The 70-744 exam objectives require only that we understand the basics of BitLocker
    Network Unlock. For a deeper, step-by-step treatment, see the TechNet article “Bit-
    Locker: “How to Enable Network Unlock” at
    Forgetting a PIN or unlock password is only one of a few reasons why BitLocker may enter
    Recovery mode. Changing the boot order in UEFI/BIOS setup also triggers Recovery mode. Microsoft suggests putting your server’s operating system drive first in the boot order to avoid this issue. Other reasons include creating, deleting, or resizing a primary partition, disabling the TPM chip, upgrading the UEFI firmware itself, and installing or removing certain hardware devices.
  • Any server on which you enable BitLocker stores its recovery password and possibly its encryption keys in Active Directory. One gotcha: this Group Policy change doesn’t affect servers that already use BitLocker.
  • Conveniently, Windows Server 2016 allows us to archive TPM data to Active Directory Domain Services as well. In Group Policy Editor, navigate to Computer Configuration\Policies\Administrative Templates\System\Trusted Platform Module Services and enable the policy Turn On TPM Backup To Active Directory Domain Services.
  • By default, EFS generates self-signed certificates and stores them in each user or administrator’s profile folder. This is a bad idea in production because:
    • The EFS encryption keys can be stolen or damaged
    • There’s no trust chain with self-signed certificates
  • Therefore, if you plan to implement EFS in your enterprise, you should have a “true blue”
    public key infrastructure (PKI) established, preferably with Active Directory Certificate Services (AD CS) so you can fully manage EFS certificates. After all, AD CS includes Basic EFS and EFS Recovery Agent certificate templates out of the box.
    If you’d like more planning/architectural details on WSUS, as well as a step-by-step installation and configuration tutorial, consider reading the TechNet whitepaper series “Deploy Windows Server Update Services in Your Organization” at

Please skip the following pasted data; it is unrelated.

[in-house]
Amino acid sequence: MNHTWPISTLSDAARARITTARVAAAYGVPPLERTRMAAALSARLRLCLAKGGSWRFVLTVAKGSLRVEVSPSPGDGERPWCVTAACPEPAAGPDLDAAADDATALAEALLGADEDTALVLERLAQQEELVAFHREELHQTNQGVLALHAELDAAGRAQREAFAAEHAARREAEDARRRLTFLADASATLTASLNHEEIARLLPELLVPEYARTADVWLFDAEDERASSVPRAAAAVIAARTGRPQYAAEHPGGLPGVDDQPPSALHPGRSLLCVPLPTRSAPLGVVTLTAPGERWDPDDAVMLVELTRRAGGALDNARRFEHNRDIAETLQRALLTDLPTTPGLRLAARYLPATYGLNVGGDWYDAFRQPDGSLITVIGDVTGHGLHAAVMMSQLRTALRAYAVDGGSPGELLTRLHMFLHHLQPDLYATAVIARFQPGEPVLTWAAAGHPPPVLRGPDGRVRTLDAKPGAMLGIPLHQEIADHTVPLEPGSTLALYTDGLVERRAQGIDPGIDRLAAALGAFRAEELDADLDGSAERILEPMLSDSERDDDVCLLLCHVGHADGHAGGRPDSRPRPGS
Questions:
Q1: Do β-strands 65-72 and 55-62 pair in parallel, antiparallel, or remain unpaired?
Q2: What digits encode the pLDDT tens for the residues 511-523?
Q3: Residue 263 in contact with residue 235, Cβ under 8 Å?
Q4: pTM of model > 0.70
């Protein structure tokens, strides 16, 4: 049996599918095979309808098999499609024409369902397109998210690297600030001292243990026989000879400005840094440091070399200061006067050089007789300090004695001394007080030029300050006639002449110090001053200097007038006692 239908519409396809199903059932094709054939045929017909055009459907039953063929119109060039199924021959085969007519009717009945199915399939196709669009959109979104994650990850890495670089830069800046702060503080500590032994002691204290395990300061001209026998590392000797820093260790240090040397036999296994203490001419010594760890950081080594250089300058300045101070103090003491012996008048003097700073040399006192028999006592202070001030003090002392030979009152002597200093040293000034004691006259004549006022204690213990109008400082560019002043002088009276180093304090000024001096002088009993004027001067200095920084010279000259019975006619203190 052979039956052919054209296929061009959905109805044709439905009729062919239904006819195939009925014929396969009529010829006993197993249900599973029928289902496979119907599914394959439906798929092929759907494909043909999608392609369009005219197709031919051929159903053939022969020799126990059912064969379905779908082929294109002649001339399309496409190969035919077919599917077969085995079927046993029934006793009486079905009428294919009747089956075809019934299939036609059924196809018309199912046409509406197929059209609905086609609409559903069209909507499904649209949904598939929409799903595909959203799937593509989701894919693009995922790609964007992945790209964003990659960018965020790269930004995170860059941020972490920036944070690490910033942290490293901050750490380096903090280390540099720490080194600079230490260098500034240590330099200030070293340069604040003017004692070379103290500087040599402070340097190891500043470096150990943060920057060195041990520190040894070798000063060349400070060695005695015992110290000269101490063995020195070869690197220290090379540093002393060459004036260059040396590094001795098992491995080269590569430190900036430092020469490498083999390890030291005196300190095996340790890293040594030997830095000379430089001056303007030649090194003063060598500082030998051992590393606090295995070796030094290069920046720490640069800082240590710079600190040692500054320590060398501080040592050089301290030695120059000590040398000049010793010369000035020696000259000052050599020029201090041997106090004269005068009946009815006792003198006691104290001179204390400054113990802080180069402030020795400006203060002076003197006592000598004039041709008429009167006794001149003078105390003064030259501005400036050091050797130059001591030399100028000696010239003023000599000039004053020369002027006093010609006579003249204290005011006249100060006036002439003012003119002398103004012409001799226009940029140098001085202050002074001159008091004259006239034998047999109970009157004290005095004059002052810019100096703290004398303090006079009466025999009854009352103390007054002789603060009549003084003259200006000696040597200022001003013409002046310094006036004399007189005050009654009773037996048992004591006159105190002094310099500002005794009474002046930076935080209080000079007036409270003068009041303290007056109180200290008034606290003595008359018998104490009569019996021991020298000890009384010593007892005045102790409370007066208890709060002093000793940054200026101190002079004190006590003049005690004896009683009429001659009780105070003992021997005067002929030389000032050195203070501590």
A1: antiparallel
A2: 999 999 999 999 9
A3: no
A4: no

• The “gotcha” regarding WSUS reports is that you need to install the Microsoft Report Viewer 2012 Runtime and the system CLR types from the SQL Server 2012 SP1 Feature Pack before you can actually view these reports.
    Given how much TechNet documentation exists for troubleshooting WSUS, I would guess that Microsoft has fielded quite a few WSUS-related support incidents over the years. Perhaps the most comprehensive guide for you to start with is the TechNet wiki library “WSUS Troubleshooting Survival Guide” at
  • NOTE
    In consulting the Microsoft literature, you’ll find references to Windows Defender and System Center 2012 Endpoint Protection (SCEP). The presence of these two nearly identical applications causes some confusion for some Windows administrators. In a nutshell, here are the facts: while Windows Defender and SCEP share the same code base, their use cases are different. Windows Defender is technically a stand-alone application, even on servers, while SCEP is used in conjunction with centralized antimalware management via System Center Configuration Manager.
  • NOTE
    In your Windows Server 2016 WSUS console, don’t be surprised if you see some of your
    Windows Defender definition updates listed as Definition Update for Microsoft Security Essentials. Microsoft Security Essentials (MSE) is the older (Windows 7-compatible) version of today’s Windows Defender antimalware engine. Both applications use the same definition update files.